Hedge funds marginally outperform market

Jan 16, 2019
Defensive macro among hedge funds posting gains in volatile 2018 markets

Hedge funds marginally outperformed the market last year, posting a 4.07 percent annual loss versus the S&P’s 4.38 percent fall, according to data from Chicago-based Hedge Fund Research (HFR).

The last time hedge funds beat the market was during the financial crisis.

The HFRI Fund Weighted Composite (FWC) Index – constructed to capture the breadth of hedge fund performance trends – fell 1.97 percent in December, topping US equities and most global and regional equity indexes by more than 700 basis points, marking the largest monthly outperformance since February 2009.

HFR notes 93 percent of HFRI constituents outperformed the S&P 500 in December, which posted a negative return (including dividends) of 9.03 percent that month.

Led by larger macro hedge funds and credit multi-strategy funds, the HFRI Asset Weighted Composite (AWC) Index – which comprises more than 1,500 single-manager funds – declined by only 0.68 percent in December, also topping the decline in US equities, which fell by between 8.5 percent and 12 percent in the month.

The HFRI AWC Index also posted a narrow decline of 0.8 percent for the full year of 2018. Driven by strong December performance, both the HFRI FWC and AWC indices outperformed US and global equities for 2018, the strongest outperformance of equity markets for a calendar year since 2008.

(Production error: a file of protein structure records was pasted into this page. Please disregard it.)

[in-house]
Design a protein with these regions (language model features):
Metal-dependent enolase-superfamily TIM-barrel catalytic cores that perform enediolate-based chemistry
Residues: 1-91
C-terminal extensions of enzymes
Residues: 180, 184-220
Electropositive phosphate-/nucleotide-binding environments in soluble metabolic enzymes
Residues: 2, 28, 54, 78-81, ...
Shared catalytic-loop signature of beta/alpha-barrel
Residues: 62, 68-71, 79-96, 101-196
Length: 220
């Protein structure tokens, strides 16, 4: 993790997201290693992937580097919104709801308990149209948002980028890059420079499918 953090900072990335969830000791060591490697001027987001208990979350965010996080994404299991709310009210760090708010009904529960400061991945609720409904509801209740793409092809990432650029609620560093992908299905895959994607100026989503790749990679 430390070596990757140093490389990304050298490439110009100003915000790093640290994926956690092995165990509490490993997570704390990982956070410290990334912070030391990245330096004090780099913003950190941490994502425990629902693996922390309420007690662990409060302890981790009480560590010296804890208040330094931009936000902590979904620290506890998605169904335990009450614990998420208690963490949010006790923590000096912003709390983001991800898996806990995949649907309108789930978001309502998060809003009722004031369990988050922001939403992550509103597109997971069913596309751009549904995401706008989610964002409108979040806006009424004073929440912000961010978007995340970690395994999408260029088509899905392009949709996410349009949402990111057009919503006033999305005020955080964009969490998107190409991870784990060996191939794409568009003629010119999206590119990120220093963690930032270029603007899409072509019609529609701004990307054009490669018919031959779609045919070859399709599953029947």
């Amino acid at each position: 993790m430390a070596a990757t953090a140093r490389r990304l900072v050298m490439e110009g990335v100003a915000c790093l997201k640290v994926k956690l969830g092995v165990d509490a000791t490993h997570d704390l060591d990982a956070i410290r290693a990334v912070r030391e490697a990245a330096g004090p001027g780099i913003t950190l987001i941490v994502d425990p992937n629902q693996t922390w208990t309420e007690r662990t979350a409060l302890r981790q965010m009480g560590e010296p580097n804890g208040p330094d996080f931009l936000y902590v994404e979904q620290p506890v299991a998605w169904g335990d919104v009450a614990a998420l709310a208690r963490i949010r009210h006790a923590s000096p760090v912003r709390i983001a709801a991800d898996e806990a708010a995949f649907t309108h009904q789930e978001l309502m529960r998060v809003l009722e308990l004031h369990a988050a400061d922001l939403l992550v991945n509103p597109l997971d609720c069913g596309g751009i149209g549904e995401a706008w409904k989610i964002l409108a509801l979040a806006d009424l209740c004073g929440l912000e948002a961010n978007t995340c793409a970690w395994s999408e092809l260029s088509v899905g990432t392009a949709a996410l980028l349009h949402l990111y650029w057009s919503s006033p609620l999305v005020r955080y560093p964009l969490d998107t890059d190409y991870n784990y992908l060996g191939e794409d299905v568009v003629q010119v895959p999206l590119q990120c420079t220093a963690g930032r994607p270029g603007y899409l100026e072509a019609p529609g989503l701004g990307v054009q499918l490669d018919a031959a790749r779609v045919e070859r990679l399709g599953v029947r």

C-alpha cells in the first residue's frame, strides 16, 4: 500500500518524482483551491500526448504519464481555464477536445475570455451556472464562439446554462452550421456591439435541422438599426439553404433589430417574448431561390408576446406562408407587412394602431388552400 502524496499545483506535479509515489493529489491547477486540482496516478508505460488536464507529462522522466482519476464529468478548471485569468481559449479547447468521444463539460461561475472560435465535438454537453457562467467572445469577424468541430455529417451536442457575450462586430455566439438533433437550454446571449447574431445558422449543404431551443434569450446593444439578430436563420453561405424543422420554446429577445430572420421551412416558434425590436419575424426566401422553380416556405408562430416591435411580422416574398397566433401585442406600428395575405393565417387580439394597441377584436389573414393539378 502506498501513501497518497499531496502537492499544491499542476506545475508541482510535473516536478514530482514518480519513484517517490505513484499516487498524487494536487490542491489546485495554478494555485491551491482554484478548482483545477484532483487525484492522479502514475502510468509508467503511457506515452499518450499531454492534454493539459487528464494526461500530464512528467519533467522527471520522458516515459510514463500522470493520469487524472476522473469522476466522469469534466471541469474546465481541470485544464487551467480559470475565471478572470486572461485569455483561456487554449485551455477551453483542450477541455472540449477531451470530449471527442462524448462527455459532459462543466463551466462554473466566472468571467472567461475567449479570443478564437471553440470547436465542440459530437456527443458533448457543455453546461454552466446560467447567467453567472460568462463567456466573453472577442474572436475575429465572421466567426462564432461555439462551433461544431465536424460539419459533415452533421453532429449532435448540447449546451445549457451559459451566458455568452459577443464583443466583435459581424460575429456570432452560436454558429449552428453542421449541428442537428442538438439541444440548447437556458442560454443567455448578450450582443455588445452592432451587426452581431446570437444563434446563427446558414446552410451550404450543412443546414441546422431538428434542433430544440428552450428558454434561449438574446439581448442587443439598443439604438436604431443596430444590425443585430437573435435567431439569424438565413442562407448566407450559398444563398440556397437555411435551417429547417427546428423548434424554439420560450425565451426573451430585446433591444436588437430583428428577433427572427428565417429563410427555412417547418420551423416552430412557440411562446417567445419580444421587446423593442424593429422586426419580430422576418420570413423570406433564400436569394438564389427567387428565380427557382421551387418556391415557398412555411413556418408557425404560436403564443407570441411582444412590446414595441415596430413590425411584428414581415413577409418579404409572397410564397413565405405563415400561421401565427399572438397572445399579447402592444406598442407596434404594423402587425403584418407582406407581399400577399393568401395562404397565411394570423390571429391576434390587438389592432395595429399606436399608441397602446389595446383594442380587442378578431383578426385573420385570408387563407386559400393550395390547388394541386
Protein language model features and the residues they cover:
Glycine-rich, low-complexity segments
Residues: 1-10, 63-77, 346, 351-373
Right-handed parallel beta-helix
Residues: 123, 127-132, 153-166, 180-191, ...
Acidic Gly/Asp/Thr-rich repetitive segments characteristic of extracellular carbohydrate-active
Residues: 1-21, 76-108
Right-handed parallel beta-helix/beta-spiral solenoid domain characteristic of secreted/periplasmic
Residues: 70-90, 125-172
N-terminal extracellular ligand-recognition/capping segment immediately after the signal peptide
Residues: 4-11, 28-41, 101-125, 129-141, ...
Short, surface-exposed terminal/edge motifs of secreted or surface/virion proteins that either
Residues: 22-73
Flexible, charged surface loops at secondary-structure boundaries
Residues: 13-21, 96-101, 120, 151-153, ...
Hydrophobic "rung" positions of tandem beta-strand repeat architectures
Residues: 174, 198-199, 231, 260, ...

Defensive macro hedge funds and quantitative, trend-following commodity trading adviser (CTA) strategies – which use futures contracts – even posted gains during December.

One of the top performers was the world’s largest hedge fund, Bridgewater, with its flagship Pure Alpha Fund finishing the year with a gain of 14.6 percent. Renaissance Technologies’ RIDGE Fund gained more than 10 percent last year, while its equities fund surged 8.5 percent.

There were also big losers, however. All-star manager David Einhorn ended his worst year since he founded Greenlight Capital in 1996, with his main fund hemorrhaging 34 percent. Another billionaire manager who struggled in 2018 was Dan Loeb: his Third Point firm lost 6 percent in December alone, bringing its yearly loss to about 11 percent.

For the hedge fund industry overall, the December results, represent a ‘milestone,’ says Kenneth Heinz, president of HFR, in a statement: ‘The HFRI is exhibiting the highest level of outperformance of steep equity market losses in nearly a decade, with certain strategies posting positive performance through the worst equity market decline since February 2009.

‘Macro funds, highlighted by trend-following CTA strategies, demonstrated their integral contribution to institutional portfolio composition, and drove strategy and asset-weighted performance industry-wide. December gains and defensive outperformance are likely to not only fundamentally change the context of hedge fund performance in 2018, but also attract investor capital in the expectation of these volatile, powerful trends continuing through 2019.’

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